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Fast and Reliable

Interview with Ferretti Security & Defence

Which country built the fastest boats in the world? -> Italy, and then Ferretti Security & Defence (FSD), I was surprised to learn from Andrea Ameli, the company’s Operations Director. The company has been on top of those yards in Italy that invented in the fast boat market, said Ameli. At Euronaval 2016, FSD, the new security & defence division of Ferretti Group, presented its first model launched this summer, a 20m long fast patrol vessel named FSD195, offering a range of over 925km (500nm) and an average speed of over 50 knots. According to FSD, the new patrol vessel has demonstrated significant reliability and seakeeping immediately after its launch, while sailing from Cattolica to La Spezia, covering 2,037km (1,100nm) in total operating efficiency despite frequent severe weather and sea conditions.

Between 2000 and the beginning of the financial crisis in 2008, the group was the Number One in the world’s luxury market. At the end of 2014, Ferretti Group established the FSD division, to promote fast and high-speed patrol craft and boats for the military, with the fastest achieving no less than 48 knots. The new division is the result of an investment of the Group in order to diversify its business activities in the yachting industry. Thus, Ferretti Group has decided to give birth to FSD that meets the growing demand for innovative vessels equipped with advanced performance and technological systems, designed to satisfy all security and defence necessities in every operating scenario.

Over the past 40 years, Ferretti Group produced more than 10,000 hulls. “After marketing analysis, we were able to face the market’s different needs, and now, our range of products varies from 12m to 35m/38m boats. We are now one of the companies which has a strong know-how in this field, and we are the strongest entity within the Ferretti Group of companies.”

Ameli suggested to Mönch that FSD now owns six shipyards across Italy, one inland, and the other on the Mediterranean coast and on the Adriatic coast. “[With these assets], the group is so well-positioned in industry, and with these [manufacturing sites] on hand, we can produce ‘packages’, starting from prototyping to production.” These packages, according to Ameli, can be placed at every yard. “Where we have the space and manpower, we can produce the boat.”

Ameli recognised that FSD is working closely with academia, to gather the expertise from young, creative engineers. As a result, FSD has seen a strong need to include their deep knowledge in its design work and prototyping.

Ameli stated that FSD does have a strong commitment to both military and non-military customers. He found that integrating sub-systems on-board FSD fast craft is a central element of the company’s advanced business culture. FSD describes the integration of weapon systems like remote-controlled weapon stations (RCWS) and cannons, sensors, and navigation aids as an issue that is more and more considered by its customers, including military police and Customs. Sensors can be used on-board our fast boats to control the weapons, according to Ameli. He added that the company was fast on the market, to offer such solutions to a wide array of potential customers. “This is done at an acceptable price, offering cost-saving effects for them.” FSD’s agenda is designed to help save money on the customer side. FSD can produce the boats within less than five months, using a “good deal” of COTS (Commercial-off-the-Shelf) products. “That makes us very competitive on the market, with absolutely reliable products.”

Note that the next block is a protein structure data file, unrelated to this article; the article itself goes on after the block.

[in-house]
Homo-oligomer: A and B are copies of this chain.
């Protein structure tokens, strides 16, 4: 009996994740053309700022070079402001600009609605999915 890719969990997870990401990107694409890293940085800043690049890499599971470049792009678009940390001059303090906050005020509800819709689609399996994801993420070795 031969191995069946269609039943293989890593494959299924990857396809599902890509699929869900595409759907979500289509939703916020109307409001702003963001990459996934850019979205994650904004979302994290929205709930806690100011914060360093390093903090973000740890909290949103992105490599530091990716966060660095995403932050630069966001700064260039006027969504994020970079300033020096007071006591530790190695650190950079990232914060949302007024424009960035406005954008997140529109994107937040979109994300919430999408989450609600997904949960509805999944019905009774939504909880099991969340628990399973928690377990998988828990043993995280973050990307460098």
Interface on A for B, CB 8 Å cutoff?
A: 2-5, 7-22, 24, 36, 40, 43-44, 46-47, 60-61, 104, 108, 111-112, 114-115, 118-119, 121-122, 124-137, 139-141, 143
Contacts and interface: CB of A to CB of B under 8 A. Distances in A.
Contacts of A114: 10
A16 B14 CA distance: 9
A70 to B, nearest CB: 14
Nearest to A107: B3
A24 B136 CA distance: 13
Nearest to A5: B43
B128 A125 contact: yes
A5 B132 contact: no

FSD is also seeking to develop its agenda to demonstrate to customers how Research & Development (R&D), at-sea testing, and qualification can be accomplished in the shortest possible time. “We got very positive feedbacks from customers over these procedures”, Ameli noted. During the past four decades, FSD, thanks to a gradual increase of R&D, took advantage of the increasing use of high-tech materials – composites, Kevlar, carbon fibres – in boat construction. “We adapt what we have to respond to customer needs.” Lightweight is of premier importance, according to Ameli. During this period, FSD developed more than 400 different hull forms, including a trimaran hull. Ameli pointed out that other than with the ‘big ships’, FSD can easily adapt to bidding processes, developing a concept within six months, including cost calculations. Ameli sees an opportunity to move his organisation further forward. “With this approach, you can produce a prototype long before the end of the tender.”

Dealing with worldwide customer needs, FSD sees much marketing potential in South America. “Here, our fast boats and craft are deemed perfectly suited for operating on rivers and lakes”, Ameli underlined. Potential customers in this region might be dedicated to the high speed of FSD’s products (not less than 46 knots) and the capacity to embark sub-systems like weapon systems. “This is the most crucial aspect when addressing the South American market. You can add capable weapons to the boats, including [RCWS] or anti-ship missiles.” Ameli informed Mönch that FSD is in direct talks with MBDA to prepare a test installation for two MARTE Mk2 missile launchers. Mönch also understands that boats of the FSD family (FSD235/350) can be fitted with Leonardo’s HITROLE 12.7mm and 20mm cannons. “So, you can have some sort of a fast attack boat like this for [defensive] strike missions in coastal waters. You can launch the missile at a distance of 30km and return to your base.”

Stefan Nitschke

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